“Pleased to meet you…pleased to have you on my plate… your meat is sweet to me,” deadpans Grace Jones at the start of Corporate Cannibal, over the menacing swirls of a rising storm. Twenty years on, and it’s just like old times. Ms Jones still seems primed to throw a viper onto your lap, or at the very least to lamp you for daring to look the other way.
But there’s a twist: the cannibal in question isn’t Grace herself. As the track builds into a broody, insistent piece of industrial trip-hop, it becomes clear that this is a protest song of sorts, and that the “man eating machine” is none other than The Man of the corporate boardroom. Could there be something more tender underneath the role-playing?
The answer is yes; and though there are clear musical similarities to her ’80s output, this is not the work of the robotic Amazon we knew and loved, but an album of personal reflection and deeper humanity than we ever might have expected.
Williams’ Blood feels like the centrepiece of the album, and is a moving tribute to Grace’s maternal line. If the idea of a potted biography of the artist’s mother sounds a little sickly, believe me – it’s not. Beginning as a shuffly soul number, it builds and builds into a kind of frenetic electrified gospel as the focus of the tale gradually switches from Ms Jones Snr to her daughter, the cry of “Let me go!” echoing their collective power and need to escape from male control. The closing refrain of Amazing Grace (oh yes) may demonstrate a degree of self-obsession, but you kind of feel she’s earned the right after such a terrific track.
New chums Massive Attack are a clear influence on Hurricane; their dubby beats and distorted guitars lending a slow, moody pace for much of the album. Where Corporate Cannibal (swirling synths, grimy low-slung basslines) takes its lead from their Mezzanine album, I’m Crying (Mother’s Tears) would have sat neatly on Protection or Blue Lines. It�s a soulful and wholly fitting backing for another, even more intimate, reflection on Grace’s relationship with her mother. Even the squeaky toy noises seem oddly appropriate.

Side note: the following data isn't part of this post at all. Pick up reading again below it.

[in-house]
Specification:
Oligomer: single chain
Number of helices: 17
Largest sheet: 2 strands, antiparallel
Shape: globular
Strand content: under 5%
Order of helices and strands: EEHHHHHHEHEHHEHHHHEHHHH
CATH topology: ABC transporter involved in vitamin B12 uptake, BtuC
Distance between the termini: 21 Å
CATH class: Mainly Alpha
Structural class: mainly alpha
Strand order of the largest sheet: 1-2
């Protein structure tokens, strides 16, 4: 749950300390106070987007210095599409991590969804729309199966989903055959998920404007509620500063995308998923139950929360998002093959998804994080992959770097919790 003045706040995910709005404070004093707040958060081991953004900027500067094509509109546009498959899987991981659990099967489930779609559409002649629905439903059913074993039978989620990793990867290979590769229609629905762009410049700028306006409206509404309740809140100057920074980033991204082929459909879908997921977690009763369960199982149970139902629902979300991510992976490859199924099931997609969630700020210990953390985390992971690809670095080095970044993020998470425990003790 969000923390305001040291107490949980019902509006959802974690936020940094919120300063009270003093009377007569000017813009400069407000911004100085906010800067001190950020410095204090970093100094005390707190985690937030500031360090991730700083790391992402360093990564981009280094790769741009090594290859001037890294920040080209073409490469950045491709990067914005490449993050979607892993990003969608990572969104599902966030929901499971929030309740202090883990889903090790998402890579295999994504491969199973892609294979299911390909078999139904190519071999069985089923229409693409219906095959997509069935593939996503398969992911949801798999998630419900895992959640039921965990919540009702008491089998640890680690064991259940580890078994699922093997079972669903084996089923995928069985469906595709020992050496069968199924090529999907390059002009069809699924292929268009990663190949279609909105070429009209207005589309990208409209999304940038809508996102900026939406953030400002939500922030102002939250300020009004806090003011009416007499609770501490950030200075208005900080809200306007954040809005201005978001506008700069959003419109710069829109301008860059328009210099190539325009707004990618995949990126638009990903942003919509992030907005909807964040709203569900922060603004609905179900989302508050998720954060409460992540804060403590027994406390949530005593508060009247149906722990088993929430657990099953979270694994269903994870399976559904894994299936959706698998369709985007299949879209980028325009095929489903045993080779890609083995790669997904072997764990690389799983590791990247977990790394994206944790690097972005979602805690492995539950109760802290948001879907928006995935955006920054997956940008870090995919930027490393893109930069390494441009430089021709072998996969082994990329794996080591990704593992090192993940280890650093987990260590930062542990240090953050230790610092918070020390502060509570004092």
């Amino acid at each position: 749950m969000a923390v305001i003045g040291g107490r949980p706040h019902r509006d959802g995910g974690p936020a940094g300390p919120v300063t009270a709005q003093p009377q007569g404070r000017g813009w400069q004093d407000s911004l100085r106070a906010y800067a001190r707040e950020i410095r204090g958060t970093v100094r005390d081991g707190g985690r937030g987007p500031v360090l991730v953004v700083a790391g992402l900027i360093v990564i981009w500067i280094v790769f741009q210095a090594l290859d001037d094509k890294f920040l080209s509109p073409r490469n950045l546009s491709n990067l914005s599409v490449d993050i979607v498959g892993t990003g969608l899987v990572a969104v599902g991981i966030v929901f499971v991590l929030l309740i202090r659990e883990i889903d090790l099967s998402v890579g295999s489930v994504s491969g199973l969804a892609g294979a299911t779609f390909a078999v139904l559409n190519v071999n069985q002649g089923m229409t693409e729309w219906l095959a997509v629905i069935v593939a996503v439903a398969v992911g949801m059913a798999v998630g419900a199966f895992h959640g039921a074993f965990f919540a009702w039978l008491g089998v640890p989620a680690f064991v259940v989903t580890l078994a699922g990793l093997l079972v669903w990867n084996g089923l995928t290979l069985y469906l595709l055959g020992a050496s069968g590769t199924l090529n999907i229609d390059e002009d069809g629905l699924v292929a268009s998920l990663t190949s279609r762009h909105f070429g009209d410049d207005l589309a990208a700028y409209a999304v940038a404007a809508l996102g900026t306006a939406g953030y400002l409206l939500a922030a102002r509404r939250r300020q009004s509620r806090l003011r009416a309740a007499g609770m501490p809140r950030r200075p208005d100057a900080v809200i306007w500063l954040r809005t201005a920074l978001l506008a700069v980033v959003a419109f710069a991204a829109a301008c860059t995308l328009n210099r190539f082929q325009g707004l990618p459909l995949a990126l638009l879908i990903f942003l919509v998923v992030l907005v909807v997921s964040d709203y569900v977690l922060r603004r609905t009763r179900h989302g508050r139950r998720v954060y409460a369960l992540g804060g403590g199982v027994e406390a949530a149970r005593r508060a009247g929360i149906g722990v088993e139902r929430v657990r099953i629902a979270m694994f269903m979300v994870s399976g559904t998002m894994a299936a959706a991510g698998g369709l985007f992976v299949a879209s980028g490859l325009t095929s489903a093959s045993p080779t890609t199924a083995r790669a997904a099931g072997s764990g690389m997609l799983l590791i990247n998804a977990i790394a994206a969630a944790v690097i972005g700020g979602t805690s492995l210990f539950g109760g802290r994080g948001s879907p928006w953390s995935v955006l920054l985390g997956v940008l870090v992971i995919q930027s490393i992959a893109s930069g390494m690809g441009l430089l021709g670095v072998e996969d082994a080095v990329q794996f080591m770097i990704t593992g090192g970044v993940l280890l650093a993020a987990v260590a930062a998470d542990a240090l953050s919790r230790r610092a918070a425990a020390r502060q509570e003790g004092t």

But the 60 year-old diva is nowhere ready to pick up her bus pass yet. When Hurricane blows, its ready to take out anything in its path. This Is kicks off the album in true style, introducing the new model with an ass-shaking Missy Ellliott electro-ragga monotone; with Grace purring over the top in a tarry, dark-rum Jamaican accent. By the end, it’s evolved into a densely textured dancehall mantra which is easily the equal of anything she’s ever done.
Lyrically, it’s full of the authoritarian proclamations which characterised her ’80s work (“This is my voice / My weapon of choice”) but in the deep, treacly context of the backing track, the austerity sounds totally convincing. It is, without a doubt, the work of a superstar returning from the shadows.
Occasionally Hurricane sails much closer to previous work. At the more positive end of this, the title track echoes the minimalist dub / foghorn voice of many of her 80s tracks; and when she talks of “ripping up trees,” you�re still inclined to get well out of the way. Towards the end though, the album peters out a little, mainly through reverting to the thin reggae template which characterised some of her less impressive efforts of old; and by the time the would-be Bond theme Devil In My Life comes around, your attention may have wandered a little.
There was always a whisper of style-over-content about Grace Jones; the Warhol muse who happened to be in the right place at the right time. In its best moments, Hurricane puts any such rumours to bed: her updated persona is rich and soulful, though still exuding the scariness which made us love her in the first place. Now don’t you dare turn your back on her.